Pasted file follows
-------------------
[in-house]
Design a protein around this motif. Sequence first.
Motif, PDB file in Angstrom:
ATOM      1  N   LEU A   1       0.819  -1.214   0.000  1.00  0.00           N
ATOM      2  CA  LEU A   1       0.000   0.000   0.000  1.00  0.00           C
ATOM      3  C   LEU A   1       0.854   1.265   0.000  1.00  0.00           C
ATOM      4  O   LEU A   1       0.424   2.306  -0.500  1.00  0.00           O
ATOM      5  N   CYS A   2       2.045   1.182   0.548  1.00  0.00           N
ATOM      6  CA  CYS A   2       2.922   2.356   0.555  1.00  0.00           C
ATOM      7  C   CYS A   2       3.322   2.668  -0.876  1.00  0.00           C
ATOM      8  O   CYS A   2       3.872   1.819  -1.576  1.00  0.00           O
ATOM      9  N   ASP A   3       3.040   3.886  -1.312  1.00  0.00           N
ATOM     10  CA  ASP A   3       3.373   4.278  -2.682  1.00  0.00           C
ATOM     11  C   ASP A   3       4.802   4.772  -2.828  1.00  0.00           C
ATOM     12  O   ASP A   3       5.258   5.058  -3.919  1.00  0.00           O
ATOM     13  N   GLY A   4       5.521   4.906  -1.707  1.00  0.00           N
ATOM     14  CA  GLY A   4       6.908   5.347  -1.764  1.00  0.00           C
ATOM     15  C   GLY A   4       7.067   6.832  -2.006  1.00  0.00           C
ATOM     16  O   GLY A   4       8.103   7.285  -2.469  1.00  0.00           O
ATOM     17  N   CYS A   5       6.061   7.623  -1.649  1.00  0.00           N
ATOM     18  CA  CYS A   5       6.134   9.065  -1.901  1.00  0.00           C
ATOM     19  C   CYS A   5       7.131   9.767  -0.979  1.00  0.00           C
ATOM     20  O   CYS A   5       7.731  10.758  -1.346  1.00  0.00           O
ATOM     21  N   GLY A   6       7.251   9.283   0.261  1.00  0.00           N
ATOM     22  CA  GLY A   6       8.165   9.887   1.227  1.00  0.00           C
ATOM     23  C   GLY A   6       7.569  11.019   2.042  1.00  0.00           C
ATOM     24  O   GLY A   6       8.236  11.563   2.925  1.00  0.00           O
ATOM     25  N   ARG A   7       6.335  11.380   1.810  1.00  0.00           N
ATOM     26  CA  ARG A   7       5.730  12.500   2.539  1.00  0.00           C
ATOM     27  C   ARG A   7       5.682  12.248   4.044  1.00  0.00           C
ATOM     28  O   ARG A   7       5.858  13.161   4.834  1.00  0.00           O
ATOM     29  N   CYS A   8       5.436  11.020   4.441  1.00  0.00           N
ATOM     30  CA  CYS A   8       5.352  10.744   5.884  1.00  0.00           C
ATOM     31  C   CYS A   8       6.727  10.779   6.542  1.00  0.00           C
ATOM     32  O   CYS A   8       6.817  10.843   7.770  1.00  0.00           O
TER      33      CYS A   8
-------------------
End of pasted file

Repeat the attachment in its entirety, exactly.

[in-house]
Design a protein around this motif. Sequence first.
Motif, PDB file in Angstrom:
ATOM      1  N   LEU A   1       0.819  -1.214   0.000  1.00  0.00           N
ATOM      2  CA  LEU A   1       0.000   0.000   0.000  1.00  0.00           C
ATOM      3  C   LEU A   1       0.854   1.265   0.000  1.00  0.00           C
ATOM      4  O   LEU A   1       0.424   2.306  -0.500  1.00  0.00           O
ATOM      5  N   CYS A   2       2.045   1.182   0.548  1.00  0.00           N
ATOM      6  CA  CYS A   2       2.922   2.356   0.555  1.00  0.00           C
ATOM      7  C   CYS A   2       3.322   2.668  -0.876  1.00  0.00           C
ATOM      8  O   CYS A   2       3.872   1.819  -1.576  1.00  0.00           O
ATOM      9  N   ASP A   3       3.040   3.886  -1.312  1.00  0.00           N
ATOM     10  CA  ASP A   3       3.373   4.278  -2.682  1.00  0.00           C
ATOM     11  C   ASP A   3       4.802   4.772  -2.828  1.00  0.00           C
ATOM     12  O   ASP A   3       5.258   5.058  -3.919  1.00  0.00           O
ATOM     13  N   GLY A   4       5.521   4.906  -1.707  1.00  0.00           N
ATOM     14  CA  GLY A   4       6.908   5.347  -1.764  1.00  0.00           C
ATOM     15  C   GLY A   4       7.067   6.832  -2.006  1.00  0.00           C
ATOM     16  O   GLY A   4       8.103   7.285  -2.469  1.00  0.00           O
ATOM     17  N   CYS A   5       6.061   7.623  -1.649  1.00  0.00           N
ATOM     18  CA  CYS A   5       6.134   9.065  -1.901  1.00  0.00           C
ATOM     19  C   CYS A   5       7.131   9.767  -0.979  1.00  0.00           C
ATOM     20  O   CYS A   5       7.731  10.758  -1.346  1.00  0.00           O
ATOM     21  N   GLY A   6       7.251   9.283   0.261  1.00  0.00           N
ATOM     22  CA  GLY A   6       8.165   9.887   1.227  1.00  0.00           C
ATOM     23  C   GLY A   6       7.569  11.019   2.042  1.00  0.00           C
ATOM     24  O   GLY A   6       8.236  11.563   2.925  1.00  0.00           O
ATOM     25  N   ARG A   7       6.335  11.380   1.810  1.00  0.00           N
ATOM     26  CA  ARG A   7       5.730  12.500   2.539  1.00  0.00           C
ATOM     27  C   ARG A   7       5.682  12.248   4.044  1.00  0.00           C
ATOM     28  O   ARG A   7       5.858  13.161   4.834  1.00  0.00           O
ATOM     29  N   CYS A   8       5.436  11.020   4.441  1.00  0.00           N
ATOM     30  CA  CYS A   8       5.352  10.744   5.884  1.00  0.00           C
ATOM     31  C   CYS A   8       6.727  10.779   6.542  1.00  0.00           C
ATOM     32  O   CYS A   8       6.817  10.843   7.770  1.00  0.00           O
TER      33      CYS A   8